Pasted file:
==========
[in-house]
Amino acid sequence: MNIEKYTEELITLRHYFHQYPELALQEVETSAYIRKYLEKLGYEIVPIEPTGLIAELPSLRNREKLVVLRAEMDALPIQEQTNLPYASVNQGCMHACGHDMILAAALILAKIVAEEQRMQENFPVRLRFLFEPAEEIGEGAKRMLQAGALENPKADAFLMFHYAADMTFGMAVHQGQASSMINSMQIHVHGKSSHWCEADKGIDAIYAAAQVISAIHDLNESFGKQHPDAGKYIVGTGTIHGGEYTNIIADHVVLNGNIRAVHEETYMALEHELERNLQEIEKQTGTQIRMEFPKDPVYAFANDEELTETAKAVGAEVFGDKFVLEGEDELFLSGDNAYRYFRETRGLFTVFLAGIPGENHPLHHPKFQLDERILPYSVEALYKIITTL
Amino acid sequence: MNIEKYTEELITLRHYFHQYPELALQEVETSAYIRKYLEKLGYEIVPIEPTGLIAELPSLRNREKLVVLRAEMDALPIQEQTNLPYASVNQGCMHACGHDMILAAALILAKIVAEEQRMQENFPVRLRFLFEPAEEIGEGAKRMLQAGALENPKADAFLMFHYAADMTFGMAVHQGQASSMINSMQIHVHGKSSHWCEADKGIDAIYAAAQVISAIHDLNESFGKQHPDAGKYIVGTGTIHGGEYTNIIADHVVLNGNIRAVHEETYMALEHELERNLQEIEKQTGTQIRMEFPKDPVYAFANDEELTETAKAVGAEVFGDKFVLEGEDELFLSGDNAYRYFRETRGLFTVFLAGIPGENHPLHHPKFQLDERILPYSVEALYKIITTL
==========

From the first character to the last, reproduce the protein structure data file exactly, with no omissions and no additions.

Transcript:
[in-house]
Amino acid sequence: MNIEKYTEELITLRHYFHQYPELALQEVETSAYIRKYLEKLGYEIVPIEPTGLIAELPSLRNREKLVVLRAEMDALPIQEQTNLPYASVNQGCMHACGHDMILAAALILAKIVAEEQRMQENFPVRLRFLFEPAEEIGEGAKRMLQAGALENPKADAFLMFHYAADMTFGMAVHQGQASSMINSMQIHVHGKSSHWCEADKGIDAIYAAAQVISAIHDLNESFGKQHPDAGKYIVGTGTIHGGEYTNIIADHVVLNGNIRAVHEETYMALEHELERNLQEIEKQTGTQIRMEFPKDPVYAFANDEELTETAKAVGAEVFGDKFVLEGEDELFLSGDNAYRYFRETRGLFTVFLAGIPGENHPLHHPKFQLDERILPYSVEALYKIITTL
Amino acid sequence: MNIEKYTEELITLRHYFHQYPELALQEVETSAYIRKYLEKLGYEIVPIEPTGLIAELPSLRNREKLVVLRAEMDALPIQEQTNLPYASVNQGCMHACGHDMILAAALILAKIVAEEQRMQENFPVRLRFLFEPAEEIGEGAKRMLQAGALENPKADAFLMFHYAADMTFGMAVHQGQASSMINSMQIHVHGKSSHWCEADKGIDAIYAAAQVISAIHDLNESFGKQHPDAGKYIVGTGTIHGGEYTNIIADHVVLNGNIRAVHEETYMALEHELERNLQEIEKQTGTQIRMEFPKDPVYAFANDEELTETAKAVGAEVFGDKFVLEGEDELFLSGDNAYRYFRETRGLFTVFLAGIPGENHPLHHPKFQLDERILPYSVEALYKIITTL